Basel | Switzerland
For more than 10 years the Institute of Fashion Design Basel has been at the forefront of turning out some of the best creative minds that the international fashion industry has to offer. With its practical focus, the industry as well as on design, the institute’s commitment to its graduates is almost unparalleled. The Institute of fashion design Basel has become more commonly referred to by its mission statement – Doing Fashion. This is due to their way in which they approach fashion, practically.
Doing Fashion teaches their students to participate and get involved in shaping the fashion landscape, both in its present form as well as the course of its future. The institute goes beyond the textbook approach and equips its students for an ever-changing and challenging industry.
“The Institute of Fashion Design Basel sees education as an investment in the future of culture, art and design as an indispensable mouthpiece for the world in order to critically question the present. Doing Fashion encourages young talents to boldly break away from conventional fashion understanding, from their concept of beauty and body images. Developing your own design language as a fashion designer is at the center of the knowledge transfer.”
Clear proof of this can be seen in the student’s designs, the construction of their creations as well as the way that they are presented. Each year the graduate fashion show displays the best that the Institute of Fashion Design Basel has to offer and has become a staple for fashion insiders to attend and watch for new and exciting talent. This year’s show has been no exception. We take a look at two of the graduate’s collections.
Born in Jakarta, Jacqueline Loekito moved to London at the age of 19 in order to study Fashion Design at UCA. During this time Loekito interned with both Giles Deacon as well as with Meadham Kirchhoff. The young designer and stylist is a champion of the A-gender movement, blurring the lines between traditional gender-silhouettes and individuality. Loekito’s collection’s main pallet was red and shades thereof. Layering and texture combinations formed a basis throughout the collection. The designer used mostly opaque fabrics with bold knitwear and patterns creating intricate contrasts. Although the pieces are generally loose in shape, they are combined with fitted and at times accentuated focus areas such as the waist.
“Genderless clothing has been my vision since the first day I started to study fashion back in 2006. I have been referencing the past, challenging men to wear pink, a dress and heels additionally using the similarity idea. The purpose of similarity idea is to retrain people’s eyes that wearing the same clothing for both genders is acceptable and should be celebrated.”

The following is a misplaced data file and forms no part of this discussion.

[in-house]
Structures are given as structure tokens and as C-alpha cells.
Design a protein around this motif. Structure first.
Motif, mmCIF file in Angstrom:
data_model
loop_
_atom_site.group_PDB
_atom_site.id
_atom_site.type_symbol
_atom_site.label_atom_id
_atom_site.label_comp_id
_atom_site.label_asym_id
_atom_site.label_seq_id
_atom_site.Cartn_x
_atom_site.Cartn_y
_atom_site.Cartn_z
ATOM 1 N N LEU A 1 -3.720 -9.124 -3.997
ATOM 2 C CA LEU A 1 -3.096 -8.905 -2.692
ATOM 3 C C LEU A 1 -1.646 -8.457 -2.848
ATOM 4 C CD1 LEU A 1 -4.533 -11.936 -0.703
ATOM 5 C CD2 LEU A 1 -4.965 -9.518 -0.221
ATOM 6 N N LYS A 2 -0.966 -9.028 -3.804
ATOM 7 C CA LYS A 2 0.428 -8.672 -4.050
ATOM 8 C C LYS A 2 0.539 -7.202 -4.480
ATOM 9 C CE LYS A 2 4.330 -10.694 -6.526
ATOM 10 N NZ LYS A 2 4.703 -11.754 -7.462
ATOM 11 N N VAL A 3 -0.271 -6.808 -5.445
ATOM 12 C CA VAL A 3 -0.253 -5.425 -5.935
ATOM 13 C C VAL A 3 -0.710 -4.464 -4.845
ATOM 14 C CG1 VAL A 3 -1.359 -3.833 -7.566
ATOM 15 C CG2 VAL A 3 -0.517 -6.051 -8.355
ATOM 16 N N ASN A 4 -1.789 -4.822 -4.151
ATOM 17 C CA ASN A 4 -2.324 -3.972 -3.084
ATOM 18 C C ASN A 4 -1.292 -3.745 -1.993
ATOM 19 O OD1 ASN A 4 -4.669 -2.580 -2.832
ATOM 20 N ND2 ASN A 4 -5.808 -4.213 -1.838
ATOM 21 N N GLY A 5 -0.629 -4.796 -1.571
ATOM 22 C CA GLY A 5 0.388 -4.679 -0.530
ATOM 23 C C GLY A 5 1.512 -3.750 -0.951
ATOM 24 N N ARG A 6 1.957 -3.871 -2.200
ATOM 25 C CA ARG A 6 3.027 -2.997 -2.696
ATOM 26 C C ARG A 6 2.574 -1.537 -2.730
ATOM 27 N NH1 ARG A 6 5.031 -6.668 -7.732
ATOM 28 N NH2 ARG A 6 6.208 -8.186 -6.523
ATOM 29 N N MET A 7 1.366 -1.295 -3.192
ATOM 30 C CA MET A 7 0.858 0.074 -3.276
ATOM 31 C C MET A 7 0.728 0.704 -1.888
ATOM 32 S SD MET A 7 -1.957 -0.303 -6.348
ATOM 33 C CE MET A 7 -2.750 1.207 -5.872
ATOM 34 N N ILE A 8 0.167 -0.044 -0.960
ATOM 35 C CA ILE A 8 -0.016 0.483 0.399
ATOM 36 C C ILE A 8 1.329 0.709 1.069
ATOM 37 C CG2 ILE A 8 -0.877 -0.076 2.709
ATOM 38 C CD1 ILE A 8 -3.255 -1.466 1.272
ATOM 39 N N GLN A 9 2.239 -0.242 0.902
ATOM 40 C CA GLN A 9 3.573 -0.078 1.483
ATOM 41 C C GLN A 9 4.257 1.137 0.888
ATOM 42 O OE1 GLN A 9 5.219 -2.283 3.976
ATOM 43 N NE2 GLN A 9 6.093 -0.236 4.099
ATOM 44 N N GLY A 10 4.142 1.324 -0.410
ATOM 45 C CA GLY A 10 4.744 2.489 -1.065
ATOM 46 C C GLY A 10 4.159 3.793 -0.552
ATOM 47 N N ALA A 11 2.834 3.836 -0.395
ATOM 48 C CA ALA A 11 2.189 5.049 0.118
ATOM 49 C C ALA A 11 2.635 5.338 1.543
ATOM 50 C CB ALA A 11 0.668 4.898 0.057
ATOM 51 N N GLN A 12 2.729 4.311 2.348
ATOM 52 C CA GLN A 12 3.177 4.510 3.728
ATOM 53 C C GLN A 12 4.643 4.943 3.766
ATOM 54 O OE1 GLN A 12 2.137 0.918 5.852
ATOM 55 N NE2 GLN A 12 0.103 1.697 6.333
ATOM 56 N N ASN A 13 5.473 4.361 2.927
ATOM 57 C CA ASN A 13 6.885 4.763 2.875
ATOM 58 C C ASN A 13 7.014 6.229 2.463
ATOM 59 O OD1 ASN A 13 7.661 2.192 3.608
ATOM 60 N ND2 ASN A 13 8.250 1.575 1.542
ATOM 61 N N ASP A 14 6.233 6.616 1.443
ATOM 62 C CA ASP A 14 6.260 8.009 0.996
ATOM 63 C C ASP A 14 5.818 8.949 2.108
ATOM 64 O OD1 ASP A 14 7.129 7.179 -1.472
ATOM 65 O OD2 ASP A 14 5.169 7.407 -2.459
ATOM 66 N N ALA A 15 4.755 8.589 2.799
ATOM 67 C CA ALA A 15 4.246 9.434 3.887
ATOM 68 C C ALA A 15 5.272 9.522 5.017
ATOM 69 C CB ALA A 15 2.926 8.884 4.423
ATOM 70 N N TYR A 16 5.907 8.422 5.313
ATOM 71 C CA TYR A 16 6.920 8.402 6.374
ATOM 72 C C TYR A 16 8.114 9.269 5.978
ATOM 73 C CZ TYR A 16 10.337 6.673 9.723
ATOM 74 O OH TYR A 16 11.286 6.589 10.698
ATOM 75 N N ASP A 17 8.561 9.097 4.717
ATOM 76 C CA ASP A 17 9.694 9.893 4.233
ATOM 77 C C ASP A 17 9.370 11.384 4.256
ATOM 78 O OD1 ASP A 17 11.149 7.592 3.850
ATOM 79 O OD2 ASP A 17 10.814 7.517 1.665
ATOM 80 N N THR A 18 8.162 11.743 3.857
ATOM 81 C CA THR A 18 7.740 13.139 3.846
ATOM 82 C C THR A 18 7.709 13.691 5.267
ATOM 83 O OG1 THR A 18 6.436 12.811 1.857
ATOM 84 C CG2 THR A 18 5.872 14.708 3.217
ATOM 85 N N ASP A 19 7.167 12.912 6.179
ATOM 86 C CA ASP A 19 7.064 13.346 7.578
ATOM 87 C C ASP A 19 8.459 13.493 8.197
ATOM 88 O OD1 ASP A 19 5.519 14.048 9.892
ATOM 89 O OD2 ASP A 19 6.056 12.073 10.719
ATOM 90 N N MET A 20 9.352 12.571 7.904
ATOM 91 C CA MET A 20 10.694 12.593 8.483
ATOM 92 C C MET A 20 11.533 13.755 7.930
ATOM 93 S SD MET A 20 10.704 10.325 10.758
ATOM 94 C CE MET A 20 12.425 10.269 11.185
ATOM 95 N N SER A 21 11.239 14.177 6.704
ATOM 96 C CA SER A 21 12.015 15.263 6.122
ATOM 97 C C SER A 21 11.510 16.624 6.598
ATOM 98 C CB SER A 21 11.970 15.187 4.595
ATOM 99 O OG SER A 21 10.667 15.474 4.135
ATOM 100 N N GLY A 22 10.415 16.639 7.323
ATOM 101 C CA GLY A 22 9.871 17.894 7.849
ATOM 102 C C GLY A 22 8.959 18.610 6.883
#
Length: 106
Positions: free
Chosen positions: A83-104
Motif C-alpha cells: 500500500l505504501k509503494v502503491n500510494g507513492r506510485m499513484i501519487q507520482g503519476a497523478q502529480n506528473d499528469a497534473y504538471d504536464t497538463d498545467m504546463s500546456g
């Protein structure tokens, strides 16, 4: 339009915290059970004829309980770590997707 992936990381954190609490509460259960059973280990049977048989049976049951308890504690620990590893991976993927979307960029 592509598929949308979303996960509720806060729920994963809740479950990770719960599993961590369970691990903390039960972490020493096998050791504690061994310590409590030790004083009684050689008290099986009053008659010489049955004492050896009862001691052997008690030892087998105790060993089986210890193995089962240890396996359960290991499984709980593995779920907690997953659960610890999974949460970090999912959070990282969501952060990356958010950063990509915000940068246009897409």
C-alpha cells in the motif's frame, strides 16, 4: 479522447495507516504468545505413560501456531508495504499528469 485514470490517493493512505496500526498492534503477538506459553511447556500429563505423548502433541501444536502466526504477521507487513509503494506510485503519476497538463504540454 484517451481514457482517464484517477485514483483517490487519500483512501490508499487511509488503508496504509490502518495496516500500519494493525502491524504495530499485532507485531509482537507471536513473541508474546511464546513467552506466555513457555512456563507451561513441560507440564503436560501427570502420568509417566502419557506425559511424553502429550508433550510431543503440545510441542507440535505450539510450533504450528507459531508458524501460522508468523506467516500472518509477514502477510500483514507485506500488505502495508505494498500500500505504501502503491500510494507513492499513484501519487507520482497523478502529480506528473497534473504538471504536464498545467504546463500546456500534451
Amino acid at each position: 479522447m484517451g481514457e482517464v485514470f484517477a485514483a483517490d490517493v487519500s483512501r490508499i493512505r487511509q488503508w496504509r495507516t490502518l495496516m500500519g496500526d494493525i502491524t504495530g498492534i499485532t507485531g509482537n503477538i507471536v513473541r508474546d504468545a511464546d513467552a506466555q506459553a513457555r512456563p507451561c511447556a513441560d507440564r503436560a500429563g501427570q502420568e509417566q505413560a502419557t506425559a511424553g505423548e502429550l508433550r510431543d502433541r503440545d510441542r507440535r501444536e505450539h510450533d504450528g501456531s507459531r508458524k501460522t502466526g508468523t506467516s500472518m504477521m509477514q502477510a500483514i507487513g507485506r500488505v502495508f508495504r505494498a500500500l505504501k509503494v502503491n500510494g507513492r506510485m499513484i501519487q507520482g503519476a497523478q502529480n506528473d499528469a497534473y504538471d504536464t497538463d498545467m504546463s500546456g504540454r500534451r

“I believe that in the future there will be no separation between menswear and womenswear clothing in stores. This was realized sooner than I expected when Selfridges, a big department store in London, started the A-gender pop-up shop that has gender-neutral clothing. It is rewarding knowing that your conceptualization is happening in society today”
2018 graduate Nadine Möckli started her education in 2014 at the FHNW University of Applied Sciences and Arts Northwestern Switzerland. During this time Möckli interned at Schueller de Waal in Amsterdam in and at Conny Groenewegen. The collection comprises of rich textures, fabrics and colours. Each look is extremely eclectic and although it seems uber futuristic, the designs are reminiscent of ancient tribal and ritualistic wear. They are a blend of the future, ancient tribal leaders and eastern empresses.
“Fashion is more than clothing. In contrast to today’s accelerated daily life, characterised by multi-functional clothing, I want to make clothing that again celebrates individual moments. The body is pleasurably provoked and so the wearer’s attention is brought back to the moment. The abstract patterns and accessories are generated from poses and postures observed in everyday life. Sleeves lead the hands to pocket openings. Generously expanded cut parts invite the wearer to react and interact with the piece of clothing. The face is laid in a ceramic bowl and thoughts can flow past the ceramic further through the fabric of a glove in the shape of a long tail which appears to become blurred at the floor. Brooches become chains, which then lead to a ceramic clutch”
“Sensual, playful and absurd. The collective Wack Wacked Fashion Club opens up a fashion analysis and suggestions derived from it for our society with a slight twinkle in the eye. In organised, exclusive happenings, one receives the opportunity to experience, smell, taste and hear fashion and its function anew.”